Since then, it’s grown throughout the country.

Is economic gardening right for your community? Learn more at the International City/County Management Association website.

The emergence of niche development firms

Certain economic development programs require a high degree of specialization to capitalize, including:

  • Historic tax credits
  • Tax credit housing projects
  • New Market tax credits

"As a result, economic development as a service industry is evolving from economic development planning to economic development financing. This specific niche assists private and public entities in understanding not only the financial impacts of economic development but also develops financial incentive strategies in order to negotiate, bargain and compromise (NBC) the best deal," says Botich. "It's the application of the Pareto Principle (80/20 Rule or Rule of Sparcity) which produces economic development success, efficiency and the marginal gains necessary to have short-term to long-term impacts on a community's quality of life. However, this method and approach requires a high degree of time and cost as well as expertise.

The solution, according to Larson, is less about finding the right program, and more about picking the right partner.

“Clients need to team with consultants who understand how to successfully leverage these resources, while ethically pursuing the public good,” advises Larson.

The need for rigorous risk assessment

All projects are not equal. Municipalities must be disciplined – and evaluate risk and only partner in projects with reasonable returns on investment.

“Some communities have become so desperate to have any projects at all they are willing to make deals inadequately supported with private dollars. These deals provide insufficient paybacks to justify the level of public participation,” says Larson, an advocate for scrupulous risk assessment.

Without adequate assessment, a project can end up doing more harm than good in the long run.

“It results in things like distressed TIDs, which end up having their already-long lives extended, and the need for donor districts to prop up non-performing districts,” explains Larson. “It erodes public confidence in devices like Tax Increment Financing when citizens feel they've been victimized by performance that doesn't measure up to the front-end promise.”

Whether your project will generate enough ROI for public involvement is a matter of asking yourself a simple question.

“Ask yourself, would the project occur in substantially the same way without any public funding? If the answer is yes, then public funds spent on it may be wasted, no matter how much policy makers and development staff members may want the photo op,” says Larson.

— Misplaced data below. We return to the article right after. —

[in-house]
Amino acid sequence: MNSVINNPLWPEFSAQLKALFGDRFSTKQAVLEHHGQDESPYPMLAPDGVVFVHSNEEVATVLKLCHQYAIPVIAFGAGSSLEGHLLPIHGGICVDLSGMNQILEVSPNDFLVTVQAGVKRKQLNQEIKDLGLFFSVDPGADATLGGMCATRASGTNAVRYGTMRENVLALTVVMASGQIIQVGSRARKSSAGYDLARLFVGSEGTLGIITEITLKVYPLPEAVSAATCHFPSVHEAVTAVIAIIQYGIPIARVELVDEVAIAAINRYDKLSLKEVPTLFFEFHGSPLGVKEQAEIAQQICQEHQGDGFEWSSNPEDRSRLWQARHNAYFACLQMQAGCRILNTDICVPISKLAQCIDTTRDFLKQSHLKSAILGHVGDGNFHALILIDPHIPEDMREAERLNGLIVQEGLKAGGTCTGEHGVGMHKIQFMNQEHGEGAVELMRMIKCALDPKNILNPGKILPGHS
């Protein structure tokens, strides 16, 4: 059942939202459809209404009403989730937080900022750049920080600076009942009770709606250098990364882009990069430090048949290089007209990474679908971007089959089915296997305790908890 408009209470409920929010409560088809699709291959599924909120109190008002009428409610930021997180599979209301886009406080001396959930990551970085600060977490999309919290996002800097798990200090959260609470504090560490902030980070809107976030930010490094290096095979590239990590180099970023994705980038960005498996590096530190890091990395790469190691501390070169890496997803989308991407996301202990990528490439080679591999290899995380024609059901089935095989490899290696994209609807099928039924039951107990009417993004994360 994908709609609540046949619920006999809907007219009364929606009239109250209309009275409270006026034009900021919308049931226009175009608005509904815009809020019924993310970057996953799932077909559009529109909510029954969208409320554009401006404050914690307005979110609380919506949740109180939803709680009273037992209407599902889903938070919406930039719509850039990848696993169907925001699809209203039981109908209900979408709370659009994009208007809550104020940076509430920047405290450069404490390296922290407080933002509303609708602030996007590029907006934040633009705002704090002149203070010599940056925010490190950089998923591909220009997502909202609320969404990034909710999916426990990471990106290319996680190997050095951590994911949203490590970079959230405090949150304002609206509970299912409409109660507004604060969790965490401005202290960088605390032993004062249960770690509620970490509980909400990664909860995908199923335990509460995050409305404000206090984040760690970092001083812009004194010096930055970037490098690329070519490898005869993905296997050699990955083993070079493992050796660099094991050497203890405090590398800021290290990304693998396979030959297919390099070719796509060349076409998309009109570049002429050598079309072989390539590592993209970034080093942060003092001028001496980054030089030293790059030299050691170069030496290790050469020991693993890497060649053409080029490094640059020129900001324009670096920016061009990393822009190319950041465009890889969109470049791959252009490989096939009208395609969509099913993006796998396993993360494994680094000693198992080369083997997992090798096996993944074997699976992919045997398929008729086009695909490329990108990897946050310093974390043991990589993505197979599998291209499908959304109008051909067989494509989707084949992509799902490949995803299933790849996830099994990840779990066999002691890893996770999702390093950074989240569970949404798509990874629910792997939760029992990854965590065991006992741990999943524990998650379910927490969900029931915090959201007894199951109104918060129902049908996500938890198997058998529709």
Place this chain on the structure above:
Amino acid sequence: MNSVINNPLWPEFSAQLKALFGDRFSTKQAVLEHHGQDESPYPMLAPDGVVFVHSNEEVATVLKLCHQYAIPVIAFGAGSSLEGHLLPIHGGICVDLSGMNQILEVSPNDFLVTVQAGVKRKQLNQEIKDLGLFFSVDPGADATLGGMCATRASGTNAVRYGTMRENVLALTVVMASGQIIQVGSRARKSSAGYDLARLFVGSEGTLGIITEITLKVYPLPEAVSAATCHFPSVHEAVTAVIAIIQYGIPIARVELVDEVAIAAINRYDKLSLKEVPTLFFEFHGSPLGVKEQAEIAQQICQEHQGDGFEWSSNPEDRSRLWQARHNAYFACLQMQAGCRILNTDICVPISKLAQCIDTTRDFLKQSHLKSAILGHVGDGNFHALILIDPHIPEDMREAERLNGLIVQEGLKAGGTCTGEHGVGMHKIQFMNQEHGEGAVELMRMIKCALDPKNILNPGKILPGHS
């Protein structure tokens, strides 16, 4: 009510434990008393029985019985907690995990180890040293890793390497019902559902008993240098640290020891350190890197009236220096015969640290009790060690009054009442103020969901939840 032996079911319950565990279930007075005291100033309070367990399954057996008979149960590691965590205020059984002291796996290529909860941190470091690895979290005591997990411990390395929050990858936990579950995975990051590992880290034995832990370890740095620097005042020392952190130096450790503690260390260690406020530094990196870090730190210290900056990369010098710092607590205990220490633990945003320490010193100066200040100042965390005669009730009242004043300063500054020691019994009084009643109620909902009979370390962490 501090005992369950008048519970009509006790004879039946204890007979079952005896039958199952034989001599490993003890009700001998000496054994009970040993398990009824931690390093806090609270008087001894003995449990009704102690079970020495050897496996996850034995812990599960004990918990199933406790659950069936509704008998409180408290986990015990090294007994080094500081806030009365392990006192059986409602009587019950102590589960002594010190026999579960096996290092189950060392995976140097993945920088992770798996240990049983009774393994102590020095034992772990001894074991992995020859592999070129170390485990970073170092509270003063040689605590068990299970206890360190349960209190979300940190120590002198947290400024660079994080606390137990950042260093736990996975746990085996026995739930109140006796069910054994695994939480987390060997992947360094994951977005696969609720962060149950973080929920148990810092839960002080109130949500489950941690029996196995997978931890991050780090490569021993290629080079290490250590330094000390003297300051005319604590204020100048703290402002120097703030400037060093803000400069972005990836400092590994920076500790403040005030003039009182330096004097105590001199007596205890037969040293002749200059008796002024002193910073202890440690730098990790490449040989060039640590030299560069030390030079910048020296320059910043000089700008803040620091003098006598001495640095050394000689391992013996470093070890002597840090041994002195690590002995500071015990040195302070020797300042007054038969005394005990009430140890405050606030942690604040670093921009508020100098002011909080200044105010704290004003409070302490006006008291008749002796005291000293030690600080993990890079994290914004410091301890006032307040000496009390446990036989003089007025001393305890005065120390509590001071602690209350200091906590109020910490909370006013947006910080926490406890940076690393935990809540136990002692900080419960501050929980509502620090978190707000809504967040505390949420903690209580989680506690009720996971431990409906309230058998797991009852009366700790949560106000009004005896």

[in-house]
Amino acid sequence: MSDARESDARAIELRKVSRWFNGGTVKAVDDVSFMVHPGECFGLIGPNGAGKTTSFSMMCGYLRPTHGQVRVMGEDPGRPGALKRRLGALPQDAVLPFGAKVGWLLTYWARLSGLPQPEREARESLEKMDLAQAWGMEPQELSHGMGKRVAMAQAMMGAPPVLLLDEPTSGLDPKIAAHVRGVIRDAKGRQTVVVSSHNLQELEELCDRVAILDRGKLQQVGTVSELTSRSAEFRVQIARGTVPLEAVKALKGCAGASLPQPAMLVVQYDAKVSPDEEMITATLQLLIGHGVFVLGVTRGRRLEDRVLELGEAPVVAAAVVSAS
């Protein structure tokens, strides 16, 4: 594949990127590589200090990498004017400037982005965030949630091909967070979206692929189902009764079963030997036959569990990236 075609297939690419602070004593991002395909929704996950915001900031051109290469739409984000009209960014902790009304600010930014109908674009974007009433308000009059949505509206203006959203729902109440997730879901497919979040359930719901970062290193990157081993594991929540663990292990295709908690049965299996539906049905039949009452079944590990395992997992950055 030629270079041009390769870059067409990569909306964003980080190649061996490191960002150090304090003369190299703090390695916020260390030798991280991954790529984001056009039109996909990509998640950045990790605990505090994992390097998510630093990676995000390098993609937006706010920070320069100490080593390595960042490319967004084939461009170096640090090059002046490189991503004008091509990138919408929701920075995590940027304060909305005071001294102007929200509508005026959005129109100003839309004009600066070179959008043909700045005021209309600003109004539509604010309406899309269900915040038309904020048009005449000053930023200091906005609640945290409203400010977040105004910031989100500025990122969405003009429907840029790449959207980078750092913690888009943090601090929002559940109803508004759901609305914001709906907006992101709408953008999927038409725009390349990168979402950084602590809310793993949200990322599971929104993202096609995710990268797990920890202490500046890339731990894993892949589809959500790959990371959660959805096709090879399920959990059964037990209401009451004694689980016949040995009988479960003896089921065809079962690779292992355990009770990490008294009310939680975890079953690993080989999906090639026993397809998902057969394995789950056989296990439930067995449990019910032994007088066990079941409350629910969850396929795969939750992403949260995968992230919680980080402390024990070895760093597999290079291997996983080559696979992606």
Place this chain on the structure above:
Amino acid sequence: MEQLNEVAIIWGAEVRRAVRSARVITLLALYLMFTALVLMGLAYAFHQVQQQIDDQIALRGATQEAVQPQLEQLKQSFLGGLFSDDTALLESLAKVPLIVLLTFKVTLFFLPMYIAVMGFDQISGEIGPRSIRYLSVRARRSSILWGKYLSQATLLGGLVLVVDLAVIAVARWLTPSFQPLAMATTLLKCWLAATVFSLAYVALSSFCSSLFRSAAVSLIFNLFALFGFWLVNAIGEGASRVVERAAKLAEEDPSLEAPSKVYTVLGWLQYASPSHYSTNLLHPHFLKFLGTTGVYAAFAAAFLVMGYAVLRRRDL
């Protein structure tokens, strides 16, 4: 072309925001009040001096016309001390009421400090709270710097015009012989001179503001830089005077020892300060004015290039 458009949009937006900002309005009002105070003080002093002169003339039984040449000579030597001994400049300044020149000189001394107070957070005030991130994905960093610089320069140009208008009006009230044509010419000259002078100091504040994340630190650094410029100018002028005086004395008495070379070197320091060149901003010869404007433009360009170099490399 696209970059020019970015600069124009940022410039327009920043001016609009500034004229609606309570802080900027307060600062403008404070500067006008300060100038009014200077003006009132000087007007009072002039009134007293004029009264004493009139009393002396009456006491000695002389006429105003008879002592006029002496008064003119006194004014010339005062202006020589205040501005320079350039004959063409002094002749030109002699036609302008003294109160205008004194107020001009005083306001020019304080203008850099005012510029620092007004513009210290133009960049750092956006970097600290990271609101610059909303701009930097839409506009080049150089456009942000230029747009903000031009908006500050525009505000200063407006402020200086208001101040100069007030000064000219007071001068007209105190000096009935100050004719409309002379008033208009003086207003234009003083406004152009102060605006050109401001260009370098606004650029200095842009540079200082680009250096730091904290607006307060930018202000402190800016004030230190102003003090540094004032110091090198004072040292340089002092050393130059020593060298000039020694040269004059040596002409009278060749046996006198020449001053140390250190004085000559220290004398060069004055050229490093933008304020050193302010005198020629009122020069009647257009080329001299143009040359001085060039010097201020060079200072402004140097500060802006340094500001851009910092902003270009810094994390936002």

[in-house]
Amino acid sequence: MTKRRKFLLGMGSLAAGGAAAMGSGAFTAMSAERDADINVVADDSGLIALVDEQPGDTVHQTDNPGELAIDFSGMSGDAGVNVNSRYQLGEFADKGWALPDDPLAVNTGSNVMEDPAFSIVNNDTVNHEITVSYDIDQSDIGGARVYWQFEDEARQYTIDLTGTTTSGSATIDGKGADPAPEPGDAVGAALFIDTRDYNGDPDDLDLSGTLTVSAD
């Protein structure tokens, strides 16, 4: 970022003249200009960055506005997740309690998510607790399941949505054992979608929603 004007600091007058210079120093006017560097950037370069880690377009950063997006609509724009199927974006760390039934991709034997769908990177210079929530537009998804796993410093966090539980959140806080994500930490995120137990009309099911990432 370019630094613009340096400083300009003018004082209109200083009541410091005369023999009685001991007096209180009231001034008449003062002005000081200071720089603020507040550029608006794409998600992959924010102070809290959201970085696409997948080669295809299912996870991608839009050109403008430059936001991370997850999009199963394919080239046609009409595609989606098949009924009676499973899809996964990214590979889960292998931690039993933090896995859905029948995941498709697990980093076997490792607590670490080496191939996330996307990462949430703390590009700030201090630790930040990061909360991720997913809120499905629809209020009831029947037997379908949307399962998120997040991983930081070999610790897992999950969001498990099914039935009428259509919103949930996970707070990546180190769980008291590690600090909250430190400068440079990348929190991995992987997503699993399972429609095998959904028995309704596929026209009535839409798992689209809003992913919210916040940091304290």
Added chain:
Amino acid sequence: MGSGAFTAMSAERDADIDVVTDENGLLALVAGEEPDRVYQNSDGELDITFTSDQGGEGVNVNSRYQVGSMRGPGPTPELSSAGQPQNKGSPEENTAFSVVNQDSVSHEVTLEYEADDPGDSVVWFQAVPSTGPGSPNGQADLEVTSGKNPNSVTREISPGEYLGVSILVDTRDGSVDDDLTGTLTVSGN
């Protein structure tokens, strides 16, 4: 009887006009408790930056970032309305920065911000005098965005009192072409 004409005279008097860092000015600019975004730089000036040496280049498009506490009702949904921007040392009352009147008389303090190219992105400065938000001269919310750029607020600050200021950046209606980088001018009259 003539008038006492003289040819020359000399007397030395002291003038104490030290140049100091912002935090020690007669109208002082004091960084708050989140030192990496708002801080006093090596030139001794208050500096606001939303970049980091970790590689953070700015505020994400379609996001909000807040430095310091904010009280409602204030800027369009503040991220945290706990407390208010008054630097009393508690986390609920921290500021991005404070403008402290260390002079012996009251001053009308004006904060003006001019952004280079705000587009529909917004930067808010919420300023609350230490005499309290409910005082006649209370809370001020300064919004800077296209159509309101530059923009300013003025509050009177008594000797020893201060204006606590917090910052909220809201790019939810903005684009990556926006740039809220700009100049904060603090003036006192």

In a perfect world, there are hard numbers and data to support investment. Sometimes those aren’t appropriate.

Says Larson, “Do the math to assure payback periods are reasonable and public financing is pared back to the necessary amount. But remember, some goals can’t be reduced to accounting tests. In those cases, a community is wise to work from a vision encompassing overarching goals.”

Conclusion

When it comes to economic development, no single strategy works in every scenario. But there is much we can do to improve the systems and structures supporting jobs and the economy. We can create destinations people want to live in, work in and socialize in. Attract people with well-designed parks, trails and streets. Keep a close eye on our workforce. Manage the land wisely. Cultivate small businesses. Be disciplined about our investments. And, finally, we can team with consultants who understand how to leverage opportunities and resources while working for the public good.

About the Experts

Dan Botich is a senior economic development professional and leader of the SEH economic development team in Wisconsin, Indiana and Michigan. He is a project management and economic development financial advisory professional with more than 30 years of experience. Dan believes a strong relationship among community leaders, businesses and educational institutions is the foundation of economic growth and sustainable development. Contact Dan

Mike Larson is a community development manager with extensive experience working with communities, businesses and non-profit organizations on their community and economic development projects and strategies. Mike is responsible for project financing, development and providing sound and innovative strategies to ensure that client projects and programs are undertaken in the most cost-effective manner. Contact Mike